Lagoon Nebula – Part 2 of 3

In the previous posts I have mentioned using a type of file called FITs. This is a file type which is widely used in the astronomy community and allows astronomical images to be shared with a vast amount of information contained with each file. I have taken a look at the information in some of these files and am amazed at the detail contained in the header of each image.

(Click to Enlarge)

Anyhow this post is looking at stage 2 of processing the Lagoon Nebula image. This is going to be a new challenge for me because so far I have only looked at image processing using images filtered in red,green,blue and lumimniscence. With this image I have an additional FIT file to add in,   H-Alpha.

With H-Alpha, we are looking at the specific wavelengths given off by hydrogen clouds for example. You also use H-alpha when you are looking at the Sun so you can see the flares and prominence given off by the sun which are visible through H-alpha filters.

If you look at the picture above which was taken while I was processing the image of the Lagoon Nebula, you will see that the picture looks completely different to the one shown in part one of this series of posts. The majority of the difference to the image is due to the H-alpha light channel which I have now added to the picture. When  I show the completed image of the Lagoon Nebula tomorrow, I will show two seperate images with color. One with the H-Alpha and one excluding H-Alpha.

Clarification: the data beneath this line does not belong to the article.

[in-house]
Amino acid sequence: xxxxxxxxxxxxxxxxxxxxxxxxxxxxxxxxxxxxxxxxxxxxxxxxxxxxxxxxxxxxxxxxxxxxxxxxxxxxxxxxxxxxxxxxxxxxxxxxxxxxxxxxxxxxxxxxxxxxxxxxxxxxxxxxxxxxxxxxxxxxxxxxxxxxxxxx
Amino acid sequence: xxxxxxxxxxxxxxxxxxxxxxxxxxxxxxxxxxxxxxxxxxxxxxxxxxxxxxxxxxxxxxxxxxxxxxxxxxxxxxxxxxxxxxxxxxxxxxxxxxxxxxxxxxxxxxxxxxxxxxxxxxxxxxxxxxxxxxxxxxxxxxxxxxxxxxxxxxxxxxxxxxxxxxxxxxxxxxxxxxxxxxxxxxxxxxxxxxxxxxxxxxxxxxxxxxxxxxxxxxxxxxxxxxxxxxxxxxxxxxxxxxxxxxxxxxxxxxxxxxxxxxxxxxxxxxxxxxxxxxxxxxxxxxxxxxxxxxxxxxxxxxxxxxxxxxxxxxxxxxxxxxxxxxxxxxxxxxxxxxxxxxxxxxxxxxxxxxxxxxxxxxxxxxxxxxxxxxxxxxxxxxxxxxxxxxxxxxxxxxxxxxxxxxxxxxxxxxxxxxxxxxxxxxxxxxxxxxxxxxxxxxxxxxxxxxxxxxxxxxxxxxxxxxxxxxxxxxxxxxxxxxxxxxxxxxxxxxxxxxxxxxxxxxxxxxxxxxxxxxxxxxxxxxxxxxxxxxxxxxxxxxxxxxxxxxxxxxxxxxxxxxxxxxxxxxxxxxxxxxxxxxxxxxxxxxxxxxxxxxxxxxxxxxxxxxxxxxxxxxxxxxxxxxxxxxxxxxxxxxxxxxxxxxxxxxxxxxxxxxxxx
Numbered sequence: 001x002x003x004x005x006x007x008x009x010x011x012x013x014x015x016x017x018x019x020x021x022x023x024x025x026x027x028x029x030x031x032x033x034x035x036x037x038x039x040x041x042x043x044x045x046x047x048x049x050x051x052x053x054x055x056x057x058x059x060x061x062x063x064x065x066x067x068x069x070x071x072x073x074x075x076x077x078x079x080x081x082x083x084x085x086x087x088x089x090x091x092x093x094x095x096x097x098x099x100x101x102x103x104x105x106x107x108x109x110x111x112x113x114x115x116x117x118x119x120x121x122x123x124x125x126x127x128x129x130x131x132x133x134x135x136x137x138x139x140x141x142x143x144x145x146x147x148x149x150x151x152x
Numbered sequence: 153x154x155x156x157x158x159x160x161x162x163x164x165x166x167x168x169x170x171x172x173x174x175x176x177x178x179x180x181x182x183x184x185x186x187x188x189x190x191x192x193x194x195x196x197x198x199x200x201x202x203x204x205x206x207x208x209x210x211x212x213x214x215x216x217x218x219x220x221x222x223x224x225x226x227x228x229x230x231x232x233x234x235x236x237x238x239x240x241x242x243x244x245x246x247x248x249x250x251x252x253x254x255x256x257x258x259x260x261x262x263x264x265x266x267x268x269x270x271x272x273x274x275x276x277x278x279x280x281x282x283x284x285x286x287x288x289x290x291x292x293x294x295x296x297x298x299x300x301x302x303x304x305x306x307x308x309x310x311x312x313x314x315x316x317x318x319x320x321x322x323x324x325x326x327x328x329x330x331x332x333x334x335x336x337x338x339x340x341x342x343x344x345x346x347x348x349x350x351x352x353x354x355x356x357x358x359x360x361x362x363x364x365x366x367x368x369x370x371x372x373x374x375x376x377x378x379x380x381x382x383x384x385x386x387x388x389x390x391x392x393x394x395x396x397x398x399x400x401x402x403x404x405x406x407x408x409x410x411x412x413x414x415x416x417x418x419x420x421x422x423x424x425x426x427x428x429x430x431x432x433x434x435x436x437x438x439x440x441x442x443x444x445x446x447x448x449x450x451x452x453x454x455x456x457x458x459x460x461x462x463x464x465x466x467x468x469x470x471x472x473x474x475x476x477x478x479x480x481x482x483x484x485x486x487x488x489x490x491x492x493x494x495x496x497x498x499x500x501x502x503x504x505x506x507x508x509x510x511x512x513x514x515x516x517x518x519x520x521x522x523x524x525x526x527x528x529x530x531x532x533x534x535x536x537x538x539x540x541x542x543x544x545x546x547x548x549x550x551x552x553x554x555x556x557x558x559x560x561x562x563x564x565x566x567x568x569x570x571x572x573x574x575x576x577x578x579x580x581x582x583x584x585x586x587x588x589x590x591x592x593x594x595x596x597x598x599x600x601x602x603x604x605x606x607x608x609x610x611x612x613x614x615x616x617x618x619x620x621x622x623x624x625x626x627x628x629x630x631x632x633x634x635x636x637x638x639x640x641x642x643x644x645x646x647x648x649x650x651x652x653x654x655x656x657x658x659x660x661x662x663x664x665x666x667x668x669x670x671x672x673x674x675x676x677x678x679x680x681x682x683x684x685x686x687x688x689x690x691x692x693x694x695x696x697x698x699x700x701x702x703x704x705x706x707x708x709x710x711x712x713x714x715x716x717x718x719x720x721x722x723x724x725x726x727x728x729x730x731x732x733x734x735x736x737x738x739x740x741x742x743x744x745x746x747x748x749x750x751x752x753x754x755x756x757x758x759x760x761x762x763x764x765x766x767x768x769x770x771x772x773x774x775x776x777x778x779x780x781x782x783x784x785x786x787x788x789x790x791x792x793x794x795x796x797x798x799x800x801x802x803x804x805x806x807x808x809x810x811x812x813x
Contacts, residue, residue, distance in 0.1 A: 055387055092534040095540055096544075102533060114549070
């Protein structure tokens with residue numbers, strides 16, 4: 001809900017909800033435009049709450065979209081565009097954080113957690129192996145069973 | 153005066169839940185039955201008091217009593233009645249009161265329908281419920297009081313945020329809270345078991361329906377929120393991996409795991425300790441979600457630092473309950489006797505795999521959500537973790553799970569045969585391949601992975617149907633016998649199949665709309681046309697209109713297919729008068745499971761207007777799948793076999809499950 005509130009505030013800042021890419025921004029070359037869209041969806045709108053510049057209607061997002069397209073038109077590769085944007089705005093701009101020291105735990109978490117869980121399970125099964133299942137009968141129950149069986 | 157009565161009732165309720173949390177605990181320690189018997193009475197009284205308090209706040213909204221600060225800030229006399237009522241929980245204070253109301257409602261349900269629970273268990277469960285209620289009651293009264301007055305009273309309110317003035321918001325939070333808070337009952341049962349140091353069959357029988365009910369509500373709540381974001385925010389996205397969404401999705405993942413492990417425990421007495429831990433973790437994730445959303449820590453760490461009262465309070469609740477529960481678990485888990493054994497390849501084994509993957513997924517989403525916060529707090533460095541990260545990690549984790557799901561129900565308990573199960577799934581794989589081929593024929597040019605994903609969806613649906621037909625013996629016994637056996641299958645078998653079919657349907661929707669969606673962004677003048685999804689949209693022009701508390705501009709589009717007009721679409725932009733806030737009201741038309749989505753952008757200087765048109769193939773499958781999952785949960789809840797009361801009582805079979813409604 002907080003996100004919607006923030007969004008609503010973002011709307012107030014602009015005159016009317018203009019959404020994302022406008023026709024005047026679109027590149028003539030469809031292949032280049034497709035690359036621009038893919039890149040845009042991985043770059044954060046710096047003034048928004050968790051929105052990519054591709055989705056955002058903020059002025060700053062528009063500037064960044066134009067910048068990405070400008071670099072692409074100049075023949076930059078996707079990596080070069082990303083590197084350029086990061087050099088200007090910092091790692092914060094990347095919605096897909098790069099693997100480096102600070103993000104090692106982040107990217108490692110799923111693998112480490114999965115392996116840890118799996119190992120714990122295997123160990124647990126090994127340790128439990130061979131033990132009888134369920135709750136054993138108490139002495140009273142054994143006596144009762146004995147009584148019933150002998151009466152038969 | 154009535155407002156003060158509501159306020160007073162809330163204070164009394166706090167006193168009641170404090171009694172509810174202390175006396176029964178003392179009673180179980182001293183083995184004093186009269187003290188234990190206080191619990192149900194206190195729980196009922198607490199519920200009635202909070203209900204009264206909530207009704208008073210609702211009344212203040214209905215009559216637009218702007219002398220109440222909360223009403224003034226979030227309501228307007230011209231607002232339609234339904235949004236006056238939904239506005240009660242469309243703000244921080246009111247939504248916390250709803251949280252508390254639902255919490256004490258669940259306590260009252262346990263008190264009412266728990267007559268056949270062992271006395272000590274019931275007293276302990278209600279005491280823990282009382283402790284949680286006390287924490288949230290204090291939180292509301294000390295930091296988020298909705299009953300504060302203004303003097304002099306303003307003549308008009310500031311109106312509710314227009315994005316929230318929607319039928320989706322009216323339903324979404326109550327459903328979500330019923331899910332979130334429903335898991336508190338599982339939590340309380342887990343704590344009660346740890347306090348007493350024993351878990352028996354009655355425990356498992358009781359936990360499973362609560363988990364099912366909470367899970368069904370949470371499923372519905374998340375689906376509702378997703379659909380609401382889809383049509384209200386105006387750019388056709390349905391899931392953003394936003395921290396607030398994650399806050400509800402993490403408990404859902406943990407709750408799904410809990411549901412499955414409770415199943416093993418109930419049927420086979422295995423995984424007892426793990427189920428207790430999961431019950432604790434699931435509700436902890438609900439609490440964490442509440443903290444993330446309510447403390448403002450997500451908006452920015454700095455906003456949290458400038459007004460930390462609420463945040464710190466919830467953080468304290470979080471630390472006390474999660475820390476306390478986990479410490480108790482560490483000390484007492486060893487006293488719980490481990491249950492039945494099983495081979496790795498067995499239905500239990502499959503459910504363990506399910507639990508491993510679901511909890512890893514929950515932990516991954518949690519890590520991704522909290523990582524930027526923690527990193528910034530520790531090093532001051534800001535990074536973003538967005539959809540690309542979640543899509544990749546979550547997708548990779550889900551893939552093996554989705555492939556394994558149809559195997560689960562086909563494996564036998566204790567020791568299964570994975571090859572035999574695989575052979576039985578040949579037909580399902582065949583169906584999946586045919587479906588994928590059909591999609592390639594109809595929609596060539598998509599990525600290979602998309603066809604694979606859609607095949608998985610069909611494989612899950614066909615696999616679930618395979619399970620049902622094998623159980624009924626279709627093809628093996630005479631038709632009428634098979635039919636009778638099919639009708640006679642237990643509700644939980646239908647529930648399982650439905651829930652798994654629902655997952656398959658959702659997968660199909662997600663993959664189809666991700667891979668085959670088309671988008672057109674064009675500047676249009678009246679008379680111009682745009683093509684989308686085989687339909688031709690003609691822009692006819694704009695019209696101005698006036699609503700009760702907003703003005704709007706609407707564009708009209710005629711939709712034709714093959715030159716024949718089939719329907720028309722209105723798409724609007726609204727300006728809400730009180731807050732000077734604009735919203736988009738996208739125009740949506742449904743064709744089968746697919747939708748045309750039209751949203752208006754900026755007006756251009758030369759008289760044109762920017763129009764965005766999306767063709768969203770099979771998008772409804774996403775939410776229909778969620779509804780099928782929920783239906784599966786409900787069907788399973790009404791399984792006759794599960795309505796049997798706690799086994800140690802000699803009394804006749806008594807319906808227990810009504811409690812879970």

When processing these FIT files, it comes down to one’s artistic abilities to show the color and beauty of the object you are looking at. I was very pleased with the details I managed to bring out with NGC 1068 so I am looking forward to seeing the results of the Lagoon Nebula.

In the picture above, you can see on the right there are 5 rows which are split into red,green,blue,etc.

These in photoshop are called layers and I can go through and change the properties of each specific layer without changing the other layers or the original image. So for example I may want to try and add more blue to the shot and I can alter the image shot in the blue layer and try and bring out more detail and color just for the blue wavelength.

This is pretty amazing and is a very strong argument for using photoshop to image process your astronomy photos.

~ by sydneystargazers on December 26, 2009.

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